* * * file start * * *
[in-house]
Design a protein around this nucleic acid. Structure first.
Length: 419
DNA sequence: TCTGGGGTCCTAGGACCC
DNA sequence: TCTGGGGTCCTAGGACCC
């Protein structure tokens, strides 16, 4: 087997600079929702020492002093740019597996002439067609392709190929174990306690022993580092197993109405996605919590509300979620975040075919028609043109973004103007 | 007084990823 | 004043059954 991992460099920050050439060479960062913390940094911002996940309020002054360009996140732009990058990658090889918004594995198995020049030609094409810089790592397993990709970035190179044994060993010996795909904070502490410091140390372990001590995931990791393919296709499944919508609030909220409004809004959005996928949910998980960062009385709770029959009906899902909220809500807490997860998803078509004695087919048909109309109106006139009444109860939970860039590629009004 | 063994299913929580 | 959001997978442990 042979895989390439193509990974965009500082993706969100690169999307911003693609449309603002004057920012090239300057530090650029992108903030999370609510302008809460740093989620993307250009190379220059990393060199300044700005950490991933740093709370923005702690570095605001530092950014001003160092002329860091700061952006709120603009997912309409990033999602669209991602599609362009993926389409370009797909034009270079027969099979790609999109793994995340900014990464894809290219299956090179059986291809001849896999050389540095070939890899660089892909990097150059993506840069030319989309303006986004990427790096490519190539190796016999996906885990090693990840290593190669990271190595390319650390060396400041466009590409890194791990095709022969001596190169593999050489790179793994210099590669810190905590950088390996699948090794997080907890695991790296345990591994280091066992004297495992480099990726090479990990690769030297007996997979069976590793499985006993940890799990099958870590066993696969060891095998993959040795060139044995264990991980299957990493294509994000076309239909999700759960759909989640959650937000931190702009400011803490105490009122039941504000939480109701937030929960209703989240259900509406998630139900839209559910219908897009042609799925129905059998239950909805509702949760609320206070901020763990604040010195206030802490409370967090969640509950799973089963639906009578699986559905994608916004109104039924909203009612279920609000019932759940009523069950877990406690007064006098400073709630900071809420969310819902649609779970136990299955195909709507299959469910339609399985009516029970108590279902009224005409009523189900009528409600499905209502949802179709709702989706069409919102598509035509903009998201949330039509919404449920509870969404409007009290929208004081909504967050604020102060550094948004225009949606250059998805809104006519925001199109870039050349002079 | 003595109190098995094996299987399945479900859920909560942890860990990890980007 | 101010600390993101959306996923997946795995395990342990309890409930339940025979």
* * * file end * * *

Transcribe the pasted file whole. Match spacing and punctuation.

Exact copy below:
[in-house]
Design a protein around this nucleic acid. Structure first.
Length: 419
DNA sequence: TCTGGGGTCCTAGGACCC
DNA sequence: TCTGGGGTCCTAGGACCC
């Protein structure tokens, strides 16, 4: 087997600079929702020492002093740019597996002439067609392709190929174990306690022993580092197993109405996605919590509300979620975040075919028609043109973004103007 | 007084990823 | 004043059954 991992460099920050050439060479960062913390940094911002996940309020002054360009996140732009990058990658090889918004594995198995020049030609094409810089790592397993990709970035190179044994060993010996795909904070502490410091140390372990001590995931990791393919296709499944919508609030909220409004809004959005996928949910998980960062009385709770029959009906899902909220809500807490997860998803078509004695087919048909109309109106006139009444109860939970860039590629009004 | 063994299913929580 | 959001997978442990 042979895989390439193509990974965009500082993706969100690169999307911003693609449309603002004057920012090239300057530090650029992108903030999370609510302008809460740093989620993307250009190379220059990393060199300044700005950490991933740093709370923005702690570095605001530092950014001003160092002329860091700061952006709120603009997912309409990033999602669209991602599609362009993926389409370009797909034009270079027969099979790609999109793994995340900014990464894809290219299956090179059986291809001849896999050389540095070939890899660089892909990097150059993506840069030319989309303006986004990427790096490519190539190796016999996906885990090693990840290593190669990271190595390319650390060396400041466009590409890194791990095709022969001596190169593999050489790179793994210099590669810190905590950088390996699948090794997080907890695991790296345990591994280091066992004297495992480099990726090479990990690769030297007996997979069976590793499985006993940890799990099958870590066993696969060891095998993959040795060139044995264990991980299957990493294509994000076309239909999700759960759909989640959650937000931190702009400011803490105490009122039941504000939480109701937030929960209703989240259900509406998630139900839209559910219908897009042609799925129905059998239950909805509702949760609320206070901020763990604040010195206030802490409370967090969640509950799973089963639906009578699986559905994608916004109104039924909203009612279920609000019932759940009523069950877990406690007064006098400073709630900071809420969310819902649609779970136990299955195909709507299959469910339609399985009516029970108590279902009224005409009523189900009528409600499905209502949802179709709702989706069409919102598509035509903009998201949330039509919404449920509870969404409007009290929208004081909504967050604020102060550094948004225009949606250059998805809104006519925001199109870039050349002079 | 003595109190098995094996299987399945479900859920909560942890860990990890980007 | 101010600390993101959306996923997946795995395990342990309890409930339940025979």